Around the Rim

By Josh Eberley #41

Pressing questions, hot topics, and collaboration amongst your favorite basketball minds—welcome back to Around the Rim.

Think of Around the Rim as your local politicians would like for you to think of a town hall, a safe forum for all voices in the basketball universe to be heard. A stable roundtable, fluctuating in both voices and trendy issues. We’ve had over 500 unique contributors working at any and every outlet you can think of living all across the globe.

The roundtable runs every week, with new questions and new voices each week. If you have a question you’d like answered by the panel, tweet @JoshEberley or @HOOPmag and check back each week to see who hopped in for the current edition. Last week’s edition can be found here.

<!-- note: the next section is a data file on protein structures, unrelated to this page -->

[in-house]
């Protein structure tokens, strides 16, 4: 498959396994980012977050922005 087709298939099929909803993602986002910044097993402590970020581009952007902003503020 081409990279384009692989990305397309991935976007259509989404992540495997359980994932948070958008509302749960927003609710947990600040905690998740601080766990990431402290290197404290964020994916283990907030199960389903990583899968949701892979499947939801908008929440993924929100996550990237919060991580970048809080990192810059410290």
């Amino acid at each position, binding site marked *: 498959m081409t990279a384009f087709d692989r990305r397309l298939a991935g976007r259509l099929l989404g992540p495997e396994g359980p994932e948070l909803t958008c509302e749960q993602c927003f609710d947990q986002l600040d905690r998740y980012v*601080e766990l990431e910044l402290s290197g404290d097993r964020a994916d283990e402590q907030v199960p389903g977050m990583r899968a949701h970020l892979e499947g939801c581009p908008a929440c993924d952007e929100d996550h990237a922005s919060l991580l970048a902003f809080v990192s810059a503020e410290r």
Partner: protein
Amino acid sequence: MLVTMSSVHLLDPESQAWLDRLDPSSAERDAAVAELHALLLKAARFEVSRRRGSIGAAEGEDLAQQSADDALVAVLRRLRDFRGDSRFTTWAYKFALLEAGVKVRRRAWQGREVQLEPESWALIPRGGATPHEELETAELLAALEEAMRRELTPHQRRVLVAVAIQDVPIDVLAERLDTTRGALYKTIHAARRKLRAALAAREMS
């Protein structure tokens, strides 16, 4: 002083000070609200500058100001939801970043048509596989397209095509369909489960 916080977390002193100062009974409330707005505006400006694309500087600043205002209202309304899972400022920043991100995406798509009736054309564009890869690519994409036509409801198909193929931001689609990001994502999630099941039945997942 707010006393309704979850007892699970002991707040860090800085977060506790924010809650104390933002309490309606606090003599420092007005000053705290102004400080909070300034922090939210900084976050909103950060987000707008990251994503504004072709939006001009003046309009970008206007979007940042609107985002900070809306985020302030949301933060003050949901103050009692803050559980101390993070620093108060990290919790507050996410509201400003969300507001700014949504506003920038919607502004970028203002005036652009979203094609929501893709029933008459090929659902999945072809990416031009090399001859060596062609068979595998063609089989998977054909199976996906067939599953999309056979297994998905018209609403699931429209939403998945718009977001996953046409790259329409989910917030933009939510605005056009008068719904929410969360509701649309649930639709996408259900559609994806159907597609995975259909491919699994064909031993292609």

This week, we are fortunate to have six dedicated and knowledgeable contributors pitching in. Make sure to give them a follow and check out their great contributions to the basketball community:

Christian Arcand: Celtics broadcast, anchor and studio host.

Griffin Connolly: Rollcall, reporter

Grant Dowling: Statistical analyst

Matt Kolsky: 95.7 The Game, host

Jordan Maly: 670TheScore, producer

Brendan Smart: Grizzly Bear Blues, staff writer



Looking around the League, which star do you feel will be appreciated way more when we look at their career 10 years after their retirement? 
Bill Baptist/NBAE via Getty Images

Arcand: Interesting question…I think a guy like Russel Westbrook will probably be one of those guys.  He’s certainly appreciated now, but when we look back on those three straight triple-double seasons I would imagine a lot of NBA fans will have realized what they took for granted during this era.